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The greatest problem occurred, however, after depositing Ethereum from MyEtherWallet to the exchange account. 
As per the instructions on the website, I selected a seller from the order book and attempted to buy but failed over ten times. 

The website did not explain why the transaction was unsuccessful. After trying for a few days, I gave up on trading on SingularX.


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Moreover, when I tried to withdraw funds from the exchange to MyEtherWallet to trade on a different DEX, I failed again. Interestingly, I never ran into any problem when I deposited money onto the exchange. The exchange’s website did not list any phone number so the only way to contact the exchange was via email. It also has an unusual policy on fees—the transaction speed increases with a higher fee but the exchange does not provide any explanation on how exactly the speed is impacted by the fee.

 

When I inquired via email after the withdrawal, a staff member replied that “SingularX is still in the process of developing the withdrawal feature. When the development is complete, users will be able to transfer funds out of SingularX directly.”

In other words, SingularX can receive money but does not provide a convenient way to withdraw funds from it. As of now, the only way to withdraw money from SingularX is by transferring it to a wallet like MyEtherWallet. On my last attempt to withdraw from SingularX, I reduced the fee to a fourth to save money and six hours later the transaction was still pending. That’s enough time for a roundtrip to Busan.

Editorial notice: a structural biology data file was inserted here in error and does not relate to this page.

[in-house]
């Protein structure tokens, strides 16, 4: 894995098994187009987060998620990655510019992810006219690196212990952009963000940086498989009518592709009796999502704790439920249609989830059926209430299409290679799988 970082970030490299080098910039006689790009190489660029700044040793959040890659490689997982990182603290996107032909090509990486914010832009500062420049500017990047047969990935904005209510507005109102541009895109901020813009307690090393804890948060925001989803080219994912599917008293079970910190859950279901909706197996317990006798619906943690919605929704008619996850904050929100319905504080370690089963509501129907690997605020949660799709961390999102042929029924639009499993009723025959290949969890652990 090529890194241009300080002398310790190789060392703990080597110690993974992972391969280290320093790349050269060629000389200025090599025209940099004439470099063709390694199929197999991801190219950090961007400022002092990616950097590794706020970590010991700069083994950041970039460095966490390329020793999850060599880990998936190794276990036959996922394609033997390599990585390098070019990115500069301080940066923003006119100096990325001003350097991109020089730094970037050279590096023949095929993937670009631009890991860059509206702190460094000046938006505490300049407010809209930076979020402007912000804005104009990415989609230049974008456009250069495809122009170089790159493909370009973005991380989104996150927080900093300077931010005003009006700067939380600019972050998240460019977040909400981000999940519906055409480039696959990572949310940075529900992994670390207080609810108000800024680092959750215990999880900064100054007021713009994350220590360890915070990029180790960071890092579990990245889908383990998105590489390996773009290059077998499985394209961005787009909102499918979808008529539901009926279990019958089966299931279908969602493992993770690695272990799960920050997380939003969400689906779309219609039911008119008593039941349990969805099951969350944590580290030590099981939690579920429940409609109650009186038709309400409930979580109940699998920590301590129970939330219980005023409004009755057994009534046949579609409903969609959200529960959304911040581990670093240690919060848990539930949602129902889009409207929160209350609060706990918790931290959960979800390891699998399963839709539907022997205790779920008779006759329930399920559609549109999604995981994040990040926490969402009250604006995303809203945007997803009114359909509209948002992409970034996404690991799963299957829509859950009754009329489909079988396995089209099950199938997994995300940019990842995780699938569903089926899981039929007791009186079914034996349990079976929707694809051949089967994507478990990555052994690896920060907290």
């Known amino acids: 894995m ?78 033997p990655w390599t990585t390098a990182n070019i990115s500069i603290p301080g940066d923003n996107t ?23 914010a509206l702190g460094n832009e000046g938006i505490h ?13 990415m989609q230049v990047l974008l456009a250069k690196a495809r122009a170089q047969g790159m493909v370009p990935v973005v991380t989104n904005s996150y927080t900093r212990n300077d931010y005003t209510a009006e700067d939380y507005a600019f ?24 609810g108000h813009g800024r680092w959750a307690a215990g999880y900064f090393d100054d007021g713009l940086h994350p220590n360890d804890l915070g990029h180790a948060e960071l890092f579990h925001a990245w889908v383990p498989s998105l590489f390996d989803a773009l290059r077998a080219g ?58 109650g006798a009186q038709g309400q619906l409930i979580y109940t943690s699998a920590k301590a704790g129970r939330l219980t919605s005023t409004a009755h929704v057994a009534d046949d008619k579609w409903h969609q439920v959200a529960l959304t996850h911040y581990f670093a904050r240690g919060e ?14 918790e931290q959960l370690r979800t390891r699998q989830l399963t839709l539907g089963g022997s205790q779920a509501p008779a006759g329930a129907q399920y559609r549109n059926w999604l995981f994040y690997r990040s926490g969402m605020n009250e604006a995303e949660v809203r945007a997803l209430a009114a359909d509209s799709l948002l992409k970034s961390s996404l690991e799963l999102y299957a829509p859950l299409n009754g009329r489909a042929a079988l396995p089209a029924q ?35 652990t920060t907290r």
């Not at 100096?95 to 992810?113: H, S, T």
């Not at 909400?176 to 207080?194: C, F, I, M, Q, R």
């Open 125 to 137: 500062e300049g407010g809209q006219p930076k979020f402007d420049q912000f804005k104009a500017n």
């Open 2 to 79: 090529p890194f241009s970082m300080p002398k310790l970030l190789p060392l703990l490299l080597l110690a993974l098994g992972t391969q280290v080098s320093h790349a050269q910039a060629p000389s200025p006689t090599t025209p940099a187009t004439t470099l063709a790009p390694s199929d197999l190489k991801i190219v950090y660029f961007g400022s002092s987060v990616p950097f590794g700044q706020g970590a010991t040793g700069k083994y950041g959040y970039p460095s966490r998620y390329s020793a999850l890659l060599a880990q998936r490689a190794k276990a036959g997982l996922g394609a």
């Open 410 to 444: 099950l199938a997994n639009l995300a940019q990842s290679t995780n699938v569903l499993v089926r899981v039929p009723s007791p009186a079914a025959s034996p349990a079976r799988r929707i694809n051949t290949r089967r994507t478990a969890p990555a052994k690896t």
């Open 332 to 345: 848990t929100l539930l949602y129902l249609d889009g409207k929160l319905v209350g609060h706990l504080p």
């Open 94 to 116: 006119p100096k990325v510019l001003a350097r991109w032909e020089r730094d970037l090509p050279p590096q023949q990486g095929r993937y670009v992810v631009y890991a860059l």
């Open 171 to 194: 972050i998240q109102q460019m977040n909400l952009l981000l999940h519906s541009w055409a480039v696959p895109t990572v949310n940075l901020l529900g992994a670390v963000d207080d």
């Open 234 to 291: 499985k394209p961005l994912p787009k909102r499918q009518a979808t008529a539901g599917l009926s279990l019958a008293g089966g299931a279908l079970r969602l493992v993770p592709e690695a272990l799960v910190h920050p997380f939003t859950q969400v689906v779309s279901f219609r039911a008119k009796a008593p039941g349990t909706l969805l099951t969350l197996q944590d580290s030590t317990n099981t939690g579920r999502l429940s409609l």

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Decentralized exchanges are emerging in earnest in 2018 and are expected to increase in number quickly. All transactions are handled on the blockchain system to prevent hacking. All transactions are peer-to-peer through smart contract without an intermediary. Assets are managed directly by the investors and the role of the exchange is reduced to a mere facilitator.

 

Some of the well-known decentralized platforms include Kyber Network, Etherdelta, CoinCola and Huobi as well as decentralized projects promoted by large centralized exchanges such as Binance. Meanwhile, Korean companies are still in the process of developing DEX prototypes.